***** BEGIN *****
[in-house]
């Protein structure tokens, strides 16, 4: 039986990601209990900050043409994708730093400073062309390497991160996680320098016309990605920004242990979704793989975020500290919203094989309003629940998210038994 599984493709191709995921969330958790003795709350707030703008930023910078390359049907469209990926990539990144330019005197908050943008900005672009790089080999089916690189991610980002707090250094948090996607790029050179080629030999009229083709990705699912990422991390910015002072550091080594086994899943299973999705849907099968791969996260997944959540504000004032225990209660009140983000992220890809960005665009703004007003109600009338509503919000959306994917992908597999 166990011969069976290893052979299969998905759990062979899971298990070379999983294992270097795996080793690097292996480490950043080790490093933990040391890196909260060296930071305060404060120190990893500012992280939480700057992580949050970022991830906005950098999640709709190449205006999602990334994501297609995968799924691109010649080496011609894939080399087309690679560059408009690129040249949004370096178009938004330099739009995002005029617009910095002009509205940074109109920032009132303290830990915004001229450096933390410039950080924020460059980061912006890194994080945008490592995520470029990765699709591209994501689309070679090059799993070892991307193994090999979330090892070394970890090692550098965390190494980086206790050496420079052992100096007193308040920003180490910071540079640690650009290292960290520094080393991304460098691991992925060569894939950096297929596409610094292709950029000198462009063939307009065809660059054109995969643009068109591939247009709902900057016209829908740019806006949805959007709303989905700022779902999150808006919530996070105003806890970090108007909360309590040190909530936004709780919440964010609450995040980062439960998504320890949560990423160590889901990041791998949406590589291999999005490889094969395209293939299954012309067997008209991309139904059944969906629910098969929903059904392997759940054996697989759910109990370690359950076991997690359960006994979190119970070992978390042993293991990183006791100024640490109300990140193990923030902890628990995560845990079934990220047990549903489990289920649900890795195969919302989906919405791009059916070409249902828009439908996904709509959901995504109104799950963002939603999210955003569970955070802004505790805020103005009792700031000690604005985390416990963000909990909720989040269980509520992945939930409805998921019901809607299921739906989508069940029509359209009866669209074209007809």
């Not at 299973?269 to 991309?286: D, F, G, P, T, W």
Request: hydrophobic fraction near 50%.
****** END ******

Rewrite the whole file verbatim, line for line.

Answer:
[in-house]
């Protein structure tokens, strides 16, 4: 039986990601209990900050043409994708730093400073062309390497991160996680320098016309990605920004242990979704793989975020500290919203094989309003629940998210038994 599984493709191709995921969330958790003795709350707030703008930023910078390359049907469209990926990539990144330019005197908050943008900005672009790089080999089916690189991610980002707090250094948090996607790029050179080629030999009229083709990705699912990422991390910015002072550091080594086994899943299973999705849907099968791969996260997944959540504000004032225990209660009140983000992220890809960005665009703004007003109600009338509503919000959306994917992908597999 166990011969069976290893052979299969998905759990062979899971298990070379999983294992270097795996080793690097292996480490950043080790490093933990040391890196909260060296930071305060404060120190990893500012992280939480700057992580949050970022991830906005950098999640709709190449205006999602990334994501297609995968799924691109010649080496011609894939080399087309690679560059408009690129040249949004370096178009938004330099739009995002005029617009910095002009509205940074109109920032009132303290830990915004001229450096933390410039950080924020460059980061912006890194994080945008490592995520470029990765699709591209994501689309070679090059799993070892991307193994090999979330090892070394970890090692550098965390190494980086206790050496420079052992100096007193308040920003180490910071540079640690650009290292960290520094080393991304460098691991992925060569894939950096297929596409610094292709950029000198462009063939307009065809660059054109995969643009068109591939247009709902900057016209829908740019806006949805959007709303989905700022779902999150808006919530996070105003806890970090108007909360309590040190909530936004709780919440964010609450995040980062439960998504320890949560990423160590889901990041791998949406590589291999999005490889094969395209293939299954012309067997008209991309139904059944969906629910098969929903059904392997759940054996697989759910109990370690359950076991997690359960006994979190119970070992978390042993293991990183006791100024640490109300990140193990923030902890628990995560845990079934990220047990549903489990289920649900890795195969919302989906919405791009059916070409249902828009439908996904709509959901995504109104799950963002939603999210955003569970955070802004505790805020103005009792700031000690604005985390416990963000909990909720989040269980509520992945939930409805998921019901809607299921739906989508069940029509359209009866669209074209007809």
């Not at 299973?269 to 991309?286: D, F, G, P, T, W």
Request: hydrophobic fraction near 50%.